It’s not uncommon for EFL teachers to openly criticize, on ex-pat forums, their apartments for being too small, too ugly, to uncomfortable, etc. And remember, except for utilities and a small monthly maintenance fee, the apartments are free! This is the epitome of ingratitude. It’s worse than being invited to someone’s house for a free meal, then complaining about the food. There is a solution to this nonsense. Unless your bathroom is outside and you have to walk three kilometers to take a leak; unless your apartment is full of cockroaches so large that one is waiting for you in the morning to ride you to school, any teacher who complains about a free apartment should be fired on the spot.
Many of the complaints by these EFL losers are as endless as they are frivolous. Some have been known to complain because their pillows are too hard, or their shower isn’t strong enough. Others don’t like the shade of their wallpaper, or how their toilet seat isn’t soft enough and doesn’t quite accommodate their fat ass. Then there are those who constantly post on EFL forums that they have to stay at school until 4:30, even though they have finished teaching one or two hours before. What in the world in wrong with these people? It’s not as if most of them are innundated with things to do and people to see. The bars here don’t open until six. Obviously they have never been taught a work ethic.
One solution would be take this privilege away. Since far too many foreign teachers feel content to see this benefit as a right and an entitlement, take this benefit away and have these teachers look for their own apartments. Japan does this. So does Thailand. It takes balls to complain about something given to you for free. Would these EFL morons feel entitled to a free apartment, paid for by the taxpayers, were they still residing in their home countries? But they certainly feel entitled to one here. Where is all this “courage”, I wonder, when these same foreign losers are being treated unfairly by their employers?
Most of these teachers have never seen $54,000 U.S. in one year, let alone lived on it. Many of them owe that, or more, in student loans. Wal Mart, McDonald’s, and Pizza Hut do not pay their employees close to that for stacking canned goods on store shelves or for flipping burgers. It is the very ambitious goal of EPIK to hire 3,000 native English teachers to teach in South Korean public schools within the next few years. (Whether or not EPIK can reach this goal is another matter.) At today’s rate, to place and maintain three thousand native English teachers in Korean public schools will cost the Korean taxpayers 150 billion won, or about 162 million U.S. dollars a year.
That’s not chicken feed. Important questions must be asked here. Namely, are Koreans getting their money’s worth? If the answer is no, then adjustments on both sides need to be made. Given that enormous sums of money are being spent on hiring and keeping foreign English teachers, it is imperative that only the right ones be hired. It is extremely important, to Koreans and foreigners alike, that the wheat be separated from the chaff. Good, qualified, dedicated, and caring teachers must always have a place in good schools. Whiners and complainers, losers and morons, who have nothing positive to contribute, should not only be fired, they should never be hired to begin with. There is far too much at stake—- namely, the education of children—- to allow the nonsense found on ex-pat forums to continue.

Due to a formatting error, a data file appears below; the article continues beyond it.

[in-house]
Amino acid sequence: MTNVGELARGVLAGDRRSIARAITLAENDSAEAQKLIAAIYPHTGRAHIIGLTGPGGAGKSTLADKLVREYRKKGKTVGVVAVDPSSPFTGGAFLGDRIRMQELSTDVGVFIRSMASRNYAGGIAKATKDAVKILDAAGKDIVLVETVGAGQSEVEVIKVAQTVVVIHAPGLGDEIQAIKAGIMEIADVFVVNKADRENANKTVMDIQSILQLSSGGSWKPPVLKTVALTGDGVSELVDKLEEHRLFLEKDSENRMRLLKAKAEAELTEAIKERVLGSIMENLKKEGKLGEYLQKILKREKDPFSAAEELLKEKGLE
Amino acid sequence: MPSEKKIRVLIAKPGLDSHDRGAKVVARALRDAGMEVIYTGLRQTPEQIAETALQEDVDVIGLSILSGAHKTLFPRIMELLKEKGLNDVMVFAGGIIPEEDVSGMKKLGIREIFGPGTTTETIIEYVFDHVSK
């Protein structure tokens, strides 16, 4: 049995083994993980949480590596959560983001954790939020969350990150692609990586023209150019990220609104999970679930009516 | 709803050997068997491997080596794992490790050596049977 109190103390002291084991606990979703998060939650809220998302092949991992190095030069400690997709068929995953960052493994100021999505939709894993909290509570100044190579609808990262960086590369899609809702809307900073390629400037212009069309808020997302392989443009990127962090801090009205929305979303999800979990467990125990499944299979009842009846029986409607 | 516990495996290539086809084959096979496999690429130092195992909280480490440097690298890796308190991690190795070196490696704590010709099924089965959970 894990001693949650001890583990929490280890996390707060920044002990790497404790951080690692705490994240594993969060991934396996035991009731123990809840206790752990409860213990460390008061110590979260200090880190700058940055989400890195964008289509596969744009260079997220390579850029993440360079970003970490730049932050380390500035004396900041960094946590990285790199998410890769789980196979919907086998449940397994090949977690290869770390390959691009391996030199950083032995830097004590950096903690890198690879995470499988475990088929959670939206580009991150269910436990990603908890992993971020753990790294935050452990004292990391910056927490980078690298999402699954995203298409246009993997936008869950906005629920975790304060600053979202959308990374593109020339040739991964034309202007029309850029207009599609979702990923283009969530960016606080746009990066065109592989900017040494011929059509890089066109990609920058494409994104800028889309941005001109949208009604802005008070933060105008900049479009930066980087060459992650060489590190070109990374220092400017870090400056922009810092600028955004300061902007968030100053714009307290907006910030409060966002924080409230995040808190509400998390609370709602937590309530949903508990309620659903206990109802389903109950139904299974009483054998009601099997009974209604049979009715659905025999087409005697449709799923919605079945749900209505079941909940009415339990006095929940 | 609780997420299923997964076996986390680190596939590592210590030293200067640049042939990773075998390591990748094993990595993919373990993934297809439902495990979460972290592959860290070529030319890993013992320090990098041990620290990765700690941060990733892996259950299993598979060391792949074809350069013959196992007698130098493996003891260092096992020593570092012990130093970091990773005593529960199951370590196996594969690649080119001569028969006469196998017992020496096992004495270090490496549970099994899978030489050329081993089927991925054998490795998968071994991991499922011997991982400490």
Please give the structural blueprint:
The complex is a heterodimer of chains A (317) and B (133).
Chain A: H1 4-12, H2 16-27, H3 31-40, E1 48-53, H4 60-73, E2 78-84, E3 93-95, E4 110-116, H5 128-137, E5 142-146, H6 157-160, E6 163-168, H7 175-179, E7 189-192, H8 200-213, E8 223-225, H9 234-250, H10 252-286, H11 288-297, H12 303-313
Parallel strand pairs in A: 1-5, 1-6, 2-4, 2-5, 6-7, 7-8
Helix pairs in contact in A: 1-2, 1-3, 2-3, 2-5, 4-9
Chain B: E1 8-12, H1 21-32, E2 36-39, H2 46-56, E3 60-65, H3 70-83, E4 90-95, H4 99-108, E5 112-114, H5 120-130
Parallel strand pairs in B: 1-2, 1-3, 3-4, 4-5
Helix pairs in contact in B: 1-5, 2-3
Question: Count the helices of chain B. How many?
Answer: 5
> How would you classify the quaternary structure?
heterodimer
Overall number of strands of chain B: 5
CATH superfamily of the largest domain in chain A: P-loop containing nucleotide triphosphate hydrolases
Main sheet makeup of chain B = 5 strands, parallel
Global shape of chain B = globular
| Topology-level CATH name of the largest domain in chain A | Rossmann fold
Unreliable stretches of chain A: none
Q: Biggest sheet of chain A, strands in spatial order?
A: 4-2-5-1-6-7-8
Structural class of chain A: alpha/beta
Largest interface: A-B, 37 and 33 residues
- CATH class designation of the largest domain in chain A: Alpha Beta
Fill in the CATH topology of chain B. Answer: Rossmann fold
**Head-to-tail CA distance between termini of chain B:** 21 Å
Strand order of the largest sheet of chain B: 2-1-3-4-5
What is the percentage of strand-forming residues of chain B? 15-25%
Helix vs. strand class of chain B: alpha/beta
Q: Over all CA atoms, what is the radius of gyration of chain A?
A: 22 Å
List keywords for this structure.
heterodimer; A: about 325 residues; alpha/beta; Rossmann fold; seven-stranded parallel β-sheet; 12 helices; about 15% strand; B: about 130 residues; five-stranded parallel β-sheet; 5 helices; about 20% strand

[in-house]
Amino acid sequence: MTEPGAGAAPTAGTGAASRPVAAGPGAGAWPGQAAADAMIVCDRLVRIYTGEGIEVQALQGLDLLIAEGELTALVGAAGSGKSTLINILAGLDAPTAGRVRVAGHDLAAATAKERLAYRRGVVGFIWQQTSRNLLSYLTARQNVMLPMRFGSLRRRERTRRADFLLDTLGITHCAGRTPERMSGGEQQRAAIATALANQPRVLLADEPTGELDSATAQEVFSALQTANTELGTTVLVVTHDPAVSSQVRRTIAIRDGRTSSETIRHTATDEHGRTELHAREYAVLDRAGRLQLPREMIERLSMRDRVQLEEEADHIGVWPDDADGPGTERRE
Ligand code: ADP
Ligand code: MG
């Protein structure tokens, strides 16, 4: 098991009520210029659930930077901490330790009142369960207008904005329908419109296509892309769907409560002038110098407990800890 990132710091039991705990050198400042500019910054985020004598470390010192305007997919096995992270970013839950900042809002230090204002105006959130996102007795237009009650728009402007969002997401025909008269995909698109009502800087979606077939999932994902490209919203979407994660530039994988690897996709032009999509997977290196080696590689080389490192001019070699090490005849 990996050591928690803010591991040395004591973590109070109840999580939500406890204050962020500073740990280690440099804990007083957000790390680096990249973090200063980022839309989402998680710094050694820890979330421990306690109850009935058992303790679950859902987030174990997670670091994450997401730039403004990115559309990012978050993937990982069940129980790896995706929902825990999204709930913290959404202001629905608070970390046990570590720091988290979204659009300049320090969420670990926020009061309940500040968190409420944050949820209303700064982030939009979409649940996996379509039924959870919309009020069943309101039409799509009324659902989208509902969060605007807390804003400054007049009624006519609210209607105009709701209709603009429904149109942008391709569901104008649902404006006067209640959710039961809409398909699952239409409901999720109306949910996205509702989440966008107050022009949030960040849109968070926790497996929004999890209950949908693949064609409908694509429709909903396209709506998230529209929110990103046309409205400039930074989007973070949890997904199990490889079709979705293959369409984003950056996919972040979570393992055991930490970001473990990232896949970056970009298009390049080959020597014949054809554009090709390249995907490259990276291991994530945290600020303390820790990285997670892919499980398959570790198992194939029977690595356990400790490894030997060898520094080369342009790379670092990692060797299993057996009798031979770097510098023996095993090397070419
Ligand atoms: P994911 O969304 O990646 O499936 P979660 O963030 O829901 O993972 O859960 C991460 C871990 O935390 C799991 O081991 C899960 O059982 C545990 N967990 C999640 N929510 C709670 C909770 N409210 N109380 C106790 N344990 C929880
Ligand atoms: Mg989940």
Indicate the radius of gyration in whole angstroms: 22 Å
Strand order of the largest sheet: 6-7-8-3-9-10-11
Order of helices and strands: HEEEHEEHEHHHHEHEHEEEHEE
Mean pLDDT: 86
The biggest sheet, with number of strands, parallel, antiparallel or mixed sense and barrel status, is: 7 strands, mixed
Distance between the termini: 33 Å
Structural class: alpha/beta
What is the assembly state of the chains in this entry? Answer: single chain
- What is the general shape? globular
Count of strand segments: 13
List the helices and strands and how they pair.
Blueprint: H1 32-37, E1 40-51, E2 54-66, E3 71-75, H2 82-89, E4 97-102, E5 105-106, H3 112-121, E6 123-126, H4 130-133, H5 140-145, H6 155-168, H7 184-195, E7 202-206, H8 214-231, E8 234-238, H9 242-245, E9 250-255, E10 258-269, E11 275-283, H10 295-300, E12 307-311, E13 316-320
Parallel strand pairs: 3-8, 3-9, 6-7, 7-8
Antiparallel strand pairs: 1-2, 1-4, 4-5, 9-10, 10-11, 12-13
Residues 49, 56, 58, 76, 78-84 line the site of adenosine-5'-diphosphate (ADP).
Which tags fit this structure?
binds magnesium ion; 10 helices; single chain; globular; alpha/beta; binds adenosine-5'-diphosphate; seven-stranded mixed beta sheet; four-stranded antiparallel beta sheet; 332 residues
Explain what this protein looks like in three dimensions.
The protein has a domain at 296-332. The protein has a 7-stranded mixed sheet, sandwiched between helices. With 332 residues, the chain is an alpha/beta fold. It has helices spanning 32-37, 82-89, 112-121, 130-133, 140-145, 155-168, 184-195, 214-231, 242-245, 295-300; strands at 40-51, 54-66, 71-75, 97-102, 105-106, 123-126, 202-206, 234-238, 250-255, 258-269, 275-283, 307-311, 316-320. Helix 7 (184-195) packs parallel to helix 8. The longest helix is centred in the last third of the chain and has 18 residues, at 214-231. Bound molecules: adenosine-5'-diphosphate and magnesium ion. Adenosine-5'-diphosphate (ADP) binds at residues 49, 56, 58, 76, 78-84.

I have a wonderful friend, new to the EPIK program this year. His name is Bill from Tampa, Florida. Bill and I meet on Fridays for some food and drink. He has stories. Man does he have stories. Here’s my favourite. Before coming to Korea, he was a student teacher at an inner-city public elementary school in Tampa when, one day, he walks into his grade four class. He sees a nine year old boy standing on his desk holding a knife. When Bill enters the room, this boy shouts, “Yo, 305 in the house motherfucker! What ya gonna do about it?” (For those unfamiliar with gang lingo, 305 refers to the area code in which this boy was a gang member.) What a boy! His parents—- may they rest in peace—must be proud.
Now Bill is no slouch. He comes from a military background. His response was quick and brilliant. “305, my ass. Sit your motherf**king ass down! You’re in my class now.” The boy was shocked and did what he was told. Talk about classroom management! In the same year in that same inner-city school, there were four student on student shootings, over 60 stabbings, and over 130 students arrested for carrying knives and firearms. And this was an elementary school!
Now let’s contrast this situation with the reality of teaching in a Korean public school. Bill will be the first one to tell you that he has never seen a student standing on a desk brandishing a knife and yelling, “Yo, Mr. Kim Bong-nam in the house motherf**ker!” He has never seen a student stabbed at his school. As for guns, none of that either. Sure, some bad-ass dudes steal money from others. And in the three middle-schools in my area, there is a roaming girl-gang who likes to beat up other girls and steal their cell phones. Bad boys and girls here? Yes there are, but it’s a far cry from being stabbed or shot in Inner-city, U.S.A.
Lest we get too complacent when taking for granted that most EFL’ers already know this. The problem with most EFL’ers is that they have no basis for comparison. No perspective. Most EFL’ers in Korea, or in most other countries around the globe, have not taught for one minute in the North American public school system. Unless you’re a Sunday school teacher in Butt-crack, Saskatchewan (pop. 412), where the most the locals do is exchange apple pie recipes and take turns milking Elsie the cow, then your view of reality of the Western public school system will tend to be a bit skewed, to say the least. And yes, there are some morons out there who actually believe that teaching in a Korean public school is the worst experience there is. I have recently butted heads with a few of them on one of the websites here.